Thanks to the SAG Awards, there will be no acting sweeper for the first time in 20 years

Everything Everywhere All at Once’s” sweep at Sunday’s Screen Actors Guild Awards ensured the end of one long-running streak: For the first time in 20 years, there won’t be a single acting sweeper during Oscar season.

Sweeps of the acting categories across the televised awards — Golden Globes, Critics Choice, SAG, BAFTAs and the Oscars — have become increasingly common over the years after BAFTA became an Oscar precursor 22 years ago. Even in very chaotic seasons, there has been at least one category over the past 19 years with a full sweep, like Best Supporting Actor with Heath Ledger (2008’s “The Dark Knight”) or two years ago with Daniel Kaluuya (“Judas and the Black Messiah”).

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Heading into the SAG Awards, Cate Blanchett (“TÁR”) was the only performer left who could win all four televised precursors en route to the Oscar after having claimed the drama actress Golden Globe, Critics Choice Award and BAFTA. But she lost SAG to Michelle Yeoh (“Everything Everywhere All at Once”), who notched her first head-to-head victory over Blanchett after having won her Globe in the comedy/musical actress category. Blanchett was going for her second Best Actress sweep after having accomplished it for “Blue Jasmine” (2013). She was the only performer that year who won all five awards.

Blanchett having been the last possible sweeper standing may have come as a surprise to some as the Best Actress race has long been viewed as a tight battle between her and Yeoh. That and the person most thought would go five for five saw his run interrupted last week: Yeoh’s onscreen hubby Ke Huy Quan lost the BAFTA to Barry Keoghan (“The Banshees of Inisherin”) after having pocketed the Globe and Critics Choice Award. But he rebounded at SAG with a widely expected win.

SEE Full list of SAG Awards winners

His fellow supporting Globe and Critics Choice winner who stumbled at BAFTA, Angela Bassett, was not as lucky. The “Black Panther: Wakanda Forever” star was also expected to recover from her BAFTA defeat to Kerry Condon (“The Banshees of Inisherin”) with a stateside victory from her peers, but she failed to do the thing. Instead, “Everything Everywhere” scored an upset win for Jamie Lee Curtis, making the film the first one to earn three individual statuettes and the first to win four total as it also took the ensemble prize.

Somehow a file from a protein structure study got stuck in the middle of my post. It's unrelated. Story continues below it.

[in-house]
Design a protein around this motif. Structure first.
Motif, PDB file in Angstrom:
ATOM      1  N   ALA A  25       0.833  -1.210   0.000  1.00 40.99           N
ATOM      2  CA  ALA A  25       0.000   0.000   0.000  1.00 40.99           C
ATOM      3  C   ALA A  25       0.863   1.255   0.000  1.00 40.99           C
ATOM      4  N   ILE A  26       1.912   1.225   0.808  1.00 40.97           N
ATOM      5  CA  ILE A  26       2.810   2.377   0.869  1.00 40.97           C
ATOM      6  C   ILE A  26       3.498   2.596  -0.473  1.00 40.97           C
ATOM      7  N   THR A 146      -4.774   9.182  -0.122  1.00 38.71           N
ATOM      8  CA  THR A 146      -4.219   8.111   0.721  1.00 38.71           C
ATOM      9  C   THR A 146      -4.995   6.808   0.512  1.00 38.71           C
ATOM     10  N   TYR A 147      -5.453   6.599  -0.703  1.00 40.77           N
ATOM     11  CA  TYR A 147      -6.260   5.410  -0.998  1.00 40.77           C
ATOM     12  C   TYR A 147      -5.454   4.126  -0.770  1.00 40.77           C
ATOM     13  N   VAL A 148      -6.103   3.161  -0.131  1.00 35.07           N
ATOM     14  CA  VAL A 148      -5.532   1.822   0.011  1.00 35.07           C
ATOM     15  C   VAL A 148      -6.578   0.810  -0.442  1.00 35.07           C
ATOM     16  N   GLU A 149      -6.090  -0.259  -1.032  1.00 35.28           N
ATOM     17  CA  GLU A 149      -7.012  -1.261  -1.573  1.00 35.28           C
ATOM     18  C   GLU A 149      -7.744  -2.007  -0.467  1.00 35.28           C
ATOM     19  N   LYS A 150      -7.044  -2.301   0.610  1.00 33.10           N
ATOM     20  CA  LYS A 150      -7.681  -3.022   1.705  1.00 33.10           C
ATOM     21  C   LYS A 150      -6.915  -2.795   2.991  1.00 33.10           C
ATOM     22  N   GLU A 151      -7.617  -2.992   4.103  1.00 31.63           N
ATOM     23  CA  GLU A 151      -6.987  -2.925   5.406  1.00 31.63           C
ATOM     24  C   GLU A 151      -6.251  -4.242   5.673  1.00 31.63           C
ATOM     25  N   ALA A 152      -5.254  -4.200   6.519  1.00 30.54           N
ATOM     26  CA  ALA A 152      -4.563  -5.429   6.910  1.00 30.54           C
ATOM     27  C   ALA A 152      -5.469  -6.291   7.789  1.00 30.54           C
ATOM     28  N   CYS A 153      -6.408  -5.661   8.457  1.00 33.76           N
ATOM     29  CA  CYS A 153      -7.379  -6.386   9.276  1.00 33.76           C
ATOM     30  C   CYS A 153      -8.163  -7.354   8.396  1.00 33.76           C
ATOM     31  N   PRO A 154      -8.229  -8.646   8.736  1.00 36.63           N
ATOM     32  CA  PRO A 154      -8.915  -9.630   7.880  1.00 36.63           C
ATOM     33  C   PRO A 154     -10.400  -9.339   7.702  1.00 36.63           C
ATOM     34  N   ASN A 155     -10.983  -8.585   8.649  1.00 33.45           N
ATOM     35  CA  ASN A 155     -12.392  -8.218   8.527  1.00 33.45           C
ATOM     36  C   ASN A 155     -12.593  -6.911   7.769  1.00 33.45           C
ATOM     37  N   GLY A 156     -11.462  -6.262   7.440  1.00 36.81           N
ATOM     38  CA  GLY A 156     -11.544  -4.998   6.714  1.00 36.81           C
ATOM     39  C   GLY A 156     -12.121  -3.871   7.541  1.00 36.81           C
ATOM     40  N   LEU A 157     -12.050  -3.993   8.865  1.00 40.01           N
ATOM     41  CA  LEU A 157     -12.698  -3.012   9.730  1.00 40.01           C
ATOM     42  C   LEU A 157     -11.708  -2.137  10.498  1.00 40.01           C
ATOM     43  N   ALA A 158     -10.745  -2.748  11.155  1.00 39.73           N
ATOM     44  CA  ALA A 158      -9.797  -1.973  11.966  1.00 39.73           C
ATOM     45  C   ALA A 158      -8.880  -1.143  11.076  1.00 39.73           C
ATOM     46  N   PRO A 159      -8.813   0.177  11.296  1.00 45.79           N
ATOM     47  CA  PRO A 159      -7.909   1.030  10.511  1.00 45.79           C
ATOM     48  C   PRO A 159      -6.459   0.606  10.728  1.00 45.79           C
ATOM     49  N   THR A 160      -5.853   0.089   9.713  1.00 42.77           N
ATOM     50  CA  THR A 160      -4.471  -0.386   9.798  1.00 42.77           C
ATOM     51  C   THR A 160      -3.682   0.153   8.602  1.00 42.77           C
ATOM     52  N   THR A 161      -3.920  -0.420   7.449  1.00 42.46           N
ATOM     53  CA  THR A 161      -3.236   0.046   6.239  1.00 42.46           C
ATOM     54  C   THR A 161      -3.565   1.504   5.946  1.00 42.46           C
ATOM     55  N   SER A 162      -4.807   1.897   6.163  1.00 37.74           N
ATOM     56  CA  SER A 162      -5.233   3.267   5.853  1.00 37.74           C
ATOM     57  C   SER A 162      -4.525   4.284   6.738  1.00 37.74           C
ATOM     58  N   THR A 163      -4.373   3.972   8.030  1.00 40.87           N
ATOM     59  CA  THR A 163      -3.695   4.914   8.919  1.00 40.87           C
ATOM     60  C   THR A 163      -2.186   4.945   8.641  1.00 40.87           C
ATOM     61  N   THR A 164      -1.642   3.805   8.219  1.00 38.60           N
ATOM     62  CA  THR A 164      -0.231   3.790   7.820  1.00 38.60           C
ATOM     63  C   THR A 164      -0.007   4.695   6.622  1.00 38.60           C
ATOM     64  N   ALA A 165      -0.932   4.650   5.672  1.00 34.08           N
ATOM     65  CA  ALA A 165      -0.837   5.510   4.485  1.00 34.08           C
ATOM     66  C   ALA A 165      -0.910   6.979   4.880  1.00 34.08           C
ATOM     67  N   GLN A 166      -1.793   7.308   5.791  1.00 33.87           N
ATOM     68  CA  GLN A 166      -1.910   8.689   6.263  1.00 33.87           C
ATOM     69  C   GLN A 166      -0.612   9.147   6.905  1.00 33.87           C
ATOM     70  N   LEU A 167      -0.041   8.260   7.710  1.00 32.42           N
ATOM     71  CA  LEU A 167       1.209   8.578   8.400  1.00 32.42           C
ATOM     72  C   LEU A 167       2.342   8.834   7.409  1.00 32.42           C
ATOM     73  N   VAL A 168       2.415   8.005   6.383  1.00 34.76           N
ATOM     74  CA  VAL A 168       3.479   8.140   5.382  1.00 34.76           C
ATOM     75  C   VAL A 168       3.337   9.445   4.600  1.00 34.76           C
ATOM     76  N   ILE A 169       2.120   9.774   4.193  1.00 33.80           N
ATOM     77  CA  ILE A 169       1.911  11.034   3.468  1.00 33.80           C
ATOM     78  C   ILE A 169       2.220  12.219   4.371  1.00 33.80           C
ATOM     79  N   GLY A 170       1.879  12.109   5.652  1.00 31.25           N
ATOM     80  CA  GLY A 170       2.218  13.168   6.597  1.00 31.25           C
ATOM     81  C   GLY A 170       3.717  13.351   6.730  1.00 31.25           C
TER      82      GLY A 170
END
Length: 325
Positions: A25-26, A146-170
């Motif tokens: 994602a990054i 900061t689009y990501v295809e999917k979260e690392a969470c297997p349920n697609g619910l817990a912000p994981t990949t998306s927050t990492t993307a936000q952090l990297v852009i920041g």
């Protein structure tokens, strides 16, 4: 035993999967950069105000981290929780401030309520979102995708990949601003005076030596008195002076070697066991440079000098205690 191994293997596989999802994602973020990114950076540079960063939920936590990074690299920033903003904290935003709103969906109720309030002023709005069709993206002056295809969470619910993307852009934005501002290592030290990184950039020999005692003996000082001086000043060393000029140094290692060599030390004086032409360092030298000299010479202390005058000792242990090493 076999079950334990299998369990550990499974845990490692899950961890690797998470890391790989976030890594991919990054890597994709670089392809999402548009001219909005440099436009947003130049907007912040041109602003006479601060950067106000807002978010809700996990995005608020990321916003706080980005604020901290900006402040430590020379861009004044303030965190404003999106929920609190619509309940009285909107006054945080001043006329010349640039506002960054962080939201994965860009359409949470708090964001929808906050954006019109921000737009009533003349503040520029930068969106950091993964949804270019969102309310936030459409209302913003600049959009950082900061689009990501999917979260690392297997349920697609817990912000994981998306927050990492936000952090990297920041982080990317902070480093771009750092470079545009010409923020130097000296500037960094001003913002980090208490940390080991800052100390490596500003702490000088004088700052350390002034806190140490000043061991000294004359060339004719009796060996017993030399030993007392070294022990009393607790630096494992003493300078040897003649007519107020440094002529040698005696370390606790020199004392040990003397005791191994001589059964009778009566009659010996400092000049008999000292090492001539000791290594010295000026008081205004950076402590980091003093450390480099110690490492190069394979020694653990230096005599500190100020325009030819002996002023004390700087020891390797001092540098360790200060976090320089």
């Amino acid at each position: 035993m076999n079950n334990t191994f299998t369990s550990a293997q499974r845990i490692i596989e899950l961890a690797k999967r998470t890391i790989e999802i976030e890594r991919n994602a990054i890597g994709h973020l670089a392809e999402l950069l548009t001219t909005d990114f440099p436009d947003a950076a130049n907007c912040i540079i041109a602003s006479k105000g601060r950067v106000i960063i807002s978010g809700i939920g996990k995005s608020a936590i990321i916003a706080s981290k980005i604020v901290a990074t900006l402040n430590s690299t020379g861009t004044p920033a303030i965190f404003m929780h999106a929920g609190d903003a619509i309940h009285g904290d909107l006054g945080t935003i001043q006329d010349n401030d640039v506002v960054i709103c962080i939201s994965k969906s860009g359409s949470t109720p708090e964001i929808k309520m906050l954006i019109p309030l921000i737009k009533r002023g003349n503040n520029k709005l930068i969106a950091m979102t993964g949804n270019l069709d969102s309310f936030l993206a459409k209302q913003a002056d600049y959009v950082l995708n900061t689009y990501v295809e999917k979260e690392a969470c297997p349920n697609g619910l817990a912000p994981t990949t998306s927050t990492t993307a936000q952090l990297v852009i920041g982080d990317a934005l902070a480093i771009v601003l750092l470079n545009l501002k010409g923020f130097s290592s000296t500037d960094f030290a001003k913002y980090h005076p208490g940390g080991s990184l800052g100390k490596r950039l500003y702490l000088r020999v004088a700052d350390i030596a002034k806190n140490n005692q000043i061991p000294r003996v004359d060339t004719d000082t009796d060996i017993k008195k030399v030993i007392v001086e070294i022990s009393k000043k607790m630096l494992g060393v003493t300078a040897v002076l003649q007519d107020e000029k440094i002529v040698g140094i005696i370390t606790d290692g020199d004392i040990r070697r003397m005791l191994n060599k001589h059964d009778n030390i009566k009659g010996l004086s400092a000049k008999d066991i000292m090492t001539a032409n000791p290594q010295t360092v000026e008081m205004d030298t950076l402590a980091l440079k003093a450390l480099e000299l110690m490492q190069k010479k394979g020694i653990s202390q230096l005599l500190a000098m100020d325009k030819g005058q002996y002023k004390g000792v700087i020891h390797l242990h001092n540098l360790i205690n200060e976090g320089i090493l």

And seemingly no one can build on momentum in the Best Actor race. A week after upsetting Colin Farrell (“The Banshees of Inisherin”) at BAFTA, Austin Butler (“Elvis”) fell to Brendan Fraser (“The Whale”) at SAG. This is a repeat of last month when Fraser prevailed at Critics Choice five days after Farrell and Butler took home the comedy/musical and drama actor Globes, respectively.

Twenty years ago, the person who came came closest to sweeping was Catherine Zeta-Jones (“Chicago”), who won Best Supporting Actress at Critics Choice, SAG, BAFTA and the Oscars. She probably would’ve won the Globe, which went to Meryl Streep (“Adaptation”), except the Hollywood Foreign Press Association placed her in comedy/musical actress, which went to her co-star Renee Zellweger.

Zellweger also garnered the SAG Award, but she lost the Best Actress Oscar “by a nose” to Nicole Kidman (“The Hours”), who had won the drama Globe and BAFTA. They were bested at Critics Choice by Julianne Moore, who was a double Oscar nominee in lead for “Far From Heaven” and supporting for “The Hours.”

Like Kidman, Best Supporting Actor champ Chris Cooper (“Adaptation”) also won three of the five awards: Globe, Critics Choice and Oscar. BAFTA and SAG went to Christopher Walken for “Catch Me If You Can.”